TRENTON — After a deal between the town and Sundog Solar to install solar panels on the roof of the town office fell through in June, town officials and the Trenton School Committee could decide to work together on a new agreement, this time with panels attached to the Trenton Elementary School’s roof.
The School Committee met Tuesday and heard from Guy Marshall of ReVision Energy, a renewable energy company with branches throughout New England, regarding potential options.
“The ideal roof is the school,” Marshall said.
Marshall reported that the school draws 77 percent of the town’s total power usage. The town has energy meters at the town office, Route 3 stoplight, salt/sand shed and Industrial Way.
Marshall’s preliminary plan includes 402 solar panels installed on sections of the school’s roof, which could offset 98 percent of the energy usage for the town and school.
Combined, the town and school use about 142,000 kilowatt hours of power, he reported.
“We’re doing more and more municipal work because the numbers make sense,” Marshall said.
He added that the company aims to not overproduce power, because utility companies typically do not reimburse nonprofits and organizations that produce more power than they can use.
Marshall said installing solar panels at the school could be an opportunity for children to learn about renewable resources.
He explained that the town and school could enter into a power purchase agreement, where investors take advantage of federal tax incentives and supply the upfront capital needed for the installation of solar panels for the “host” of a particular solar project. The power is then sold back to the host at below-market rates.
The town and school could decide to purchase the solar array in year six of the agreement and could set aside funds throughout the years leading up to that potential purchase.
Marshall noted that utility rates are constantly increasing, but with a power purchase agreement, the town and school would be locked in at a 2 percent yearly increase.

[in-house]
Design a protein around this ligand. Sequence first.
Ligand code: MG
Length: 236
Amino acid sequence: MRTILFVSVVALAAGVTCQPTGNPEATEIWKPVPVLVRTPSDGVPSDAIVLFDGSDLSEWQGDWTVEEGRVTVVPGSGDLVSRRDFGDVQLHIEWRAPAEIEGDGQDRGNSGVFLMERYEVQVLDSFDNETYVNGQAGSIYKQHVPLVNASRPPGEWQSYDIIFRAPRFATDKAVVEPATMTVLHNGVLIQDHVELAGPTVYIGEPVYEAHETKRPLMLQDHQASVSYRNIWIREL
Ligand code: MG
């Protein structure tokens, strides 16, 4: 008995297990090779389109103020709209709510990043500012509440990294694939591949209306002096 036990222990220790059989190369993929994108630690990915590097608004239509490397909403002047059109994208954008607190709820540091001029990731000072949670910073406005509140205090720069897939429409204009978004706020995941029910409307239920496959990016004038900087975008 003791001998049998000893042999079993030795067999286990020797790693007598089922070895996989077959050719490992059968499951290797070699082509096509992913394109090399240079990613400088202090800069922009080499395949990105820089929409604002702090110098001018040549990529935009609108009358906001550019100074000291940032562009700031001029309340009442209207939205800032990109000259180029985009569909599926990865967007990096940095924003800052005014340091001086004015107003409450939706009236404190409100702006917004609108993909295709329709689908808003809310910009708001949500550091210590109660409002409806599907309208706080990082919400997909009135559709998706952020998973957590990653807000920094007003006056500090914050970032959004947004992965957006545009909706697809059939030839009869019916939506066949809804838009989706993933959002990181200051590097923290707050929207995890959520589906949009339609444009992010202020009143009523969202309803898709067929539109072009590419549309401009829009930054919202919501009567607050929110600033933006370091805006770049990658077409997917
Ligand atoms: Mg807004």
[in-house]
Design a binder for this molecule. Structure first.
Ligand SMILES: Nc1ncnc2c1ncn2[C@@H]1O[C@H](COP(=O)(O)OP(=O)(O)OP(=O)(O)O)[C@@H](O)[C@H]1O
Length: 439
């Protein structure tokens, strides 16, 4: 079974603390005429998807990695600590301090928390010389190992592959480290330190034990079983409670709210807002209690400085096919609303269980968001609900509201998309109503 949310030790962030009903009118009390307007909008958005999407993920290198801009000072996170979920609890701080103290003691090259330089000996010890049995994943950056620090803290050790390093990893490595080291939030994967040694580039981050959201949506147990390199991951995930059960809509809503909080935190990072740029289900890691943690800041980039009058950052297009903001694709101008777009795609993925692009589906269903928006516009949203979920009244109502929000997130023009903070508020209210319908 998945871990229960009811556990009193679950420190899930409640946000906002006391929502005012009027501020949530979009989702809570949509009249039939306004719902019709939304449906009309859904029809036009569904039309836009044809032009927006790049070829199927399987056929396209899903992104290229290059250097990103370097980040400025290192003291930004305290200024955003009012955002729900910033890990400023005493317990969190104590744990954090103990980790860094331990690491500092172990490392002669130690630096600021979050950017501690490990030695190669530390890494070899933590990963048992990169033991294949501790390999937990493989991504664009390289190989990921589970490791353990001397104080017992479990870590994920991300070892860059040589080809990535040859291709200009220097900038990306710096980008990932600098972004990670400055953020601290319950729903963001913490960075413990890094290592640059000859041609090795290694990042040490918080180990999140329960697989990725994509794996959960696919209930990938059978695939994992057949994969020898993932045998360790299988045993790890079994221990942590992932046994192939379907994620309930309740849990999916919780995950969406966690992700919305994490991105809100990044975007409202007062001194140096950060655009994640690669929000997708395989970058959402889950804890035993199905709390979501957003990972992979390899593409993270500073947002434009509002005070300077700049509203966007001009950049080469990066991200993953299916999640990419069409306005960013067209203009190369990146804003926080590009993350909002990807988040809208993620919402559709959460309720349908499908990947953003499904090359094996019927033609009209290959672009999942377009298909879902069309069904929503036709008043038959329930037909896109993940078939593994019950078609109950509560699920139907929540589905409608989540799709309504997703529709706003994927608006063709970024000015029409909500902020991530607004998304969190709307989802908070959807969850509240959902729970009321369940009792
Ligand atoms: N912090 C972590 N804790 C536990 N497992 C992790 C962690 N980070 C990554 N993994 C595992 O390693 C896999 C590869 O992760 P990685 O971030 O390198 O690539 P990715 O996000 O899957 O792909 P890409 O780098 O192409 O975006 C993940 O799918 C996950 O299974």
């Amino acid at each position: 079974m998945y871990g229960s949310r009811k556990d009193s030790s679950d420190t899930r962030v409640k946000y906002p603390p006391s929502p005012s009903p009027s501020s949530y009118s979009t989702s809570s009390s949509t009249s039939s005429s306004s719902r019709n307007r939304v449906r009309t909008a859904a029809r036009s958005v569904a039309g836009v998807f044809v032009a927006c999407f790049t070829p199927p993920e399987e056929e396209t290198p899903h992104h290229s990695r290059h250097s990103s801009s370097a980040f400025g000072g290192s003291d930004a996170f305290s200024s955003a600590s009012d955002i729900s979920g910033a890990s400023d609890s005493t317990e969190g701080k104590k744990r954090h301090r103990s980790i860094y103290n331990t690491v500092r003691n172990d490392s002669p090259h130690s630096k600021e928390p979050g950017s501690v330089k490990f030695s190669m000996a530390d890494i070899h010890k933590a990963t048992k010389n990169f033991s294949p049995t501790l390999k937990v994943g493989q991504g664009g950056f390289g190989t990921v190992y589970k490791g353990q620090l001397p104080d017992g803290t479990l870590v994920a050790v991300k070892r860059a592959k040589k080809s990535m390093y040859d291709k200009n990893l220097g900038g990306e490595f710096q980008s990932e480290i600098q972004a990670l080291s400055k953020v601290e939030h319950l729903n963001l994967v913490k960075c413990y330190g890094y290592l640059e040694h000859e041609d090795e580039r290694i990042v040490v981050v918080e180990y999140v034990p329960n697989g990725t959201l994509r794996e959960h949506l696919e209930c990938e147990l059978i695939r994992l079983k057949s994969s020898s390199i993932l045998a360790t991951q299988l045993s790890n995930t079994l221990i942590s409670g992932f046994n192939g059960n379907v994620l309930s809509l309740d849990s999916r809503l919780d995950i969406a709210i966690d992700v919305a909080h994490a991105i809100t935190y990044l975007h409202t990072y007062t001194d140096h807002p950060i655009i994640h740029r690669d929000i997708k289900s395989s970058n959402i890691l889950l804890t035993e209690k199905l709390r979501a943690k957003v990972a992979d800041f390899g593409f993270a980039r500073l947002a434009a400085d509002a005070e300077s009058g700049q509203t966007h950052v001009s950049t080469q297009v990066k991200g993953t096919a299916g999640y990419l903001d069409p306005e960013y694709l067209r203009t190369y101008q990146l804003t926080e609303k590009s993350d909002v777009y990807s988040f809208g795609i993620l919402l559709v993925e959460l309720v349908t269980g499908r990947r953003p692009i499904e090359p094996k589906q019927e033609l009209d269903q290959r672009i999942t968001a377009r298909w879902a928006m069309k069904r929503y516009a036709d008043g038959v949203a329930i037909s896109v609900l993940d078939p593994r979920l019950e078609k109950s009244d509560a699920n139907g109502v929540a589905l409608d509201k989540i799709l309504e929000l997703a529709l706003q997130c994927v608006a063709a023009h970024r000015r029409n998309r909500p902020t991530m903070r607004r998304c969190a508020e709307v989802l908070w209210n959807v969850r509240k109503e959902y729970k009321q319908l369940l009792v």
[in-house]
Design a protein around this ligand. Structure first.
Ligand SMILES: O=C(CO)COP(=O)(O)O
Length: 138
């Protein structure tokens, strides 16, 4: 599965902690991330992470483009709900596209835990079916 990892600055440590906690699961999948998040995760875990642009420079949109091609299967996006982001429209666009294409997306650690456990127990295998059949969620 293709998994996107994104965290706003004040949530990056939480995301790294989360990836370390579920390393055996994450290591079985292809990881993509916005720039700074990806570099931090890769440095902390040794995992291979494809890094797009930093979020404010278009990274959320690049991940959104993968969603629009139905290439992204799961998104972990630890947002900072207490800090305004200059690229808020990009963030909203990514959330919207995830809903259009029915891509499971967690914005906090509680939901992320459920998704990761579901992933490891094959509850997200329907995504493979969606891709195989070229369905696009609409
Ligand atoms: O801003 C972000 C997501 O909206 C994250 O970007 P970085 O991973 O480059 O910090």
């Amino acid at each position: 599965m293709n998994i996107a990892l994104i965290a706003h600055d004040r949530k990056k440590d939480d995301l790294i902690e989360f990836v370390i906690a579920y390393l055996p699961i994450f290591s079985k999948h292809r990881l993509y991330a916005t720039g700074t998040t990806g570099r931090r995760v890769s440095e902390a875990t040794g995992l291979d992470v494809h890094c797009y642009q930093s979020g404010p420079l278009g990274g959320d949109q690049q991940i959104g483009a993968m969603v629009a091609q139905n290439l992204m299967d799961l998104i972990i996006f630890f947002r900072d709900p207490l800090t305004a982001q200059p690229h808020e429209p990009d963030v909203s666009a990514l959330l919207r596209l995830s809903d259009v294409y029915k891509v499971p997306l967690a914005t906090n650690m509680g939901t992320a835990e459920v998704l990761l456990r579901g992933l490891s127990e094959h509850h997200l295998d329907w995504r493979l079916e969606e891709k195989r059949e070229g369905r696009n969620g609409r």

“I think any opportunity to work with the town is a great opportunity,” said Marc Gousse, superintendent for Mount Desert Island Regional School System, which is also known as Alternative Organizational Structure 91 (AOS 91).
Gousse added that the town of Tremont recently worked with its school to sign onto a power purchase agreement.
The next steps toward making a deal include providing Marshall with the school’s current utility contract to determine if the school can change the type of power meter it uses. Additionally, Marshall will come up with a more formal design and cashflow plan.
For some institutions, the COVID-19 pandemic has caused utility usage to decrease, due to the changes in how some buildings are used. But Marshall noted that the Trenton school’s usage increased in 2020. School Committee Chairwoman Jennifer Bonilla said that the increases could be from the use of large coolers to store meals for families when the building was closed to in-person instruction.
Those types of increases, as well as installing additional ventilation systems to combat the spread of the coronavirus, could continue, which generated even more of an interest in investing in renewable resources from committee members.
Principal Crystal DaGraca said she is still working on obtaining quotes to replace a portion of the school’s roof with metal roofing, following requests from voters at the town’s annual meeting in June.
Marshall noted that the portions of the school’s roof where panels would be placed were not in need of repairs before installing the panels, but DaGraca said she would work on getting quotes anyway, since the worn areas could eventually be the site of panels.